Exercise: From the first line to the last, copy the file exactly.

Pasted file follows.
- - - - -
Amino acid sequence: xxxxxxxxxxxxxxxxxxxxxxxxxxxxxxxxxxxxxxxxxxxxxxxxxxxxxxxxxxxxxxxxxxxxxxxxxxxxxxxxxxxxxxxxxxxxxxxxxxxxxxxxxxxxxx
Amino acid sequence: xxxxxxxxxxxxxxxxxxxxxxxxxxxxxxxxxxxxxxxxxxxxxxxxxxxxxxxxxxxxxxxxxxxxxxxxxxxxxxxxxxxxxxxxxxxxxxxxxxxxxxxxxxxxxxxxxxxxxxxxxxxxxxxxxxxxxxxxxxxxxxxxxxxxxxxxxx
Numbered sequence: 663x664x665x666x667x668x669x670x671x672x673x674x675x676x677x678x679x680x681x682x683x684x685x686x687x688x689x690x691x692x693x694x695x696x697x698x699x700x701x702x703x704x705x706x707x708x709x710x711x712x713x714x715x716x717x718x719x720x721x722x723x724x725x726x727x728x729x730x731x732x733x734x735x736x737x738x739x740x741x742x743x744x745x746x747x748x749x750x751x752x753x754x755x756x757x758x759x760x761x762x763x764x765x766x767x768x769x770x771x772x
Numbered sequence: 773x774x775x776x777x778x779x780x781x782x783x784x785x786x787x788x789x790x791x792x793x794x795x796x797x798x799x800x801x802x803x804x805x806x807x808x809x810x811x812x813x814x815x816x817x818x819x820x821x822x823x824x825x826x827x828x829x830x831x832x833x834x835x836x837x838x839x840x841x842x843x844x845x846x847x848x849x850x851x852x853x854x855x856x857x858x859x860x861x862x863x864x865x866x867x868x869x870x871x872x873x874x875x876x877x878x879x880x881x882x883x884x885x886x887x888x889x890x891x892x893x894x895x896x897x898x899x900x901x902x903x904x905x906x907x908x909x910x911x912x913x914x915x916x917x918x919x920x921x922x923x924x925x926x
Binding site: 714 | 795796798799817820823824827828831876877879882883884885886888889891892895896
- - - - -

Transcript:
Amino acid sequence: xxxxxxxxxxxxxxxxxxxxxxxxxxxxxxxxxxxxxxxxxxxxxxxxxxxxxxxxxxxxxxxxxxxxxxxxxxxxxxxxxxxxxxxxxxxxxxxxxxxxxxxxxxxxxx
Amino acid sequence: xxxxxxxxxxxxxxxxxxxxxxxxxxxxxxxxxxxxxxxxxxxxxxxxxxxxxxxxxxxxxxxxxxxxxxxxxxxxxxxxxxxxxxxxxxxxxxxxxxxxxxxxxxxxxxxxxxxxxxxxxxxxxxxxxxxxxxxxxxxxxxxxxxxxxxxxxx
Numbered sequence: 663x664x665x666x667x668x669x670x671x672x673x674x675x676x677x678x679x680x681x682x683x684x685x686x687x688x689x690x691x692x693x694x695x696x697x698x699x700x701x702x703x704x705x706x707x708x709x710x711x712x713x714x715x716x717x718x719x720x721x722x723x724x725x726x727x728x729x730x731x732x733x734x735x736x737x738x739x740x741x742x743x744x745x746x747x748x749x750x751x752x753x754x755x756x757x758x759x760x761x762x763x764x765x766x767x768x769x770x771x772x
Numbered sequence: 773x774x775x776x777x778x779x780x781x782x783x784x785x786x787x788x789x790x791x792x793x794x795x796x797x798x799x800x801x802x803x804x805x806x807x808x809x810x811x812x813x814x815x816x817x818x819x820x821x822x823x824x825x826x827x828x829x830x831x832x833x834x835x836x837x838x839x840x841x842x843x844x845x846x847x848x849x850x851x852x853x854x855x856x857x858x859x860x861x862x863x864x865x866x867x868x869x870x871x872x873x874x875x876x877x878x879x880x881x882x883x884x885x886x887x888x889x890x891x892x893x894x895x896x897x898x899x900x901x902x903x904x905x906x907x908x909x910x911x912x913x914x915x916x917x918x919x920x921x922x923x924x925x926x
Binding site: 714 | 795796798799817820823824827828831876877879882883884885886888889891892895896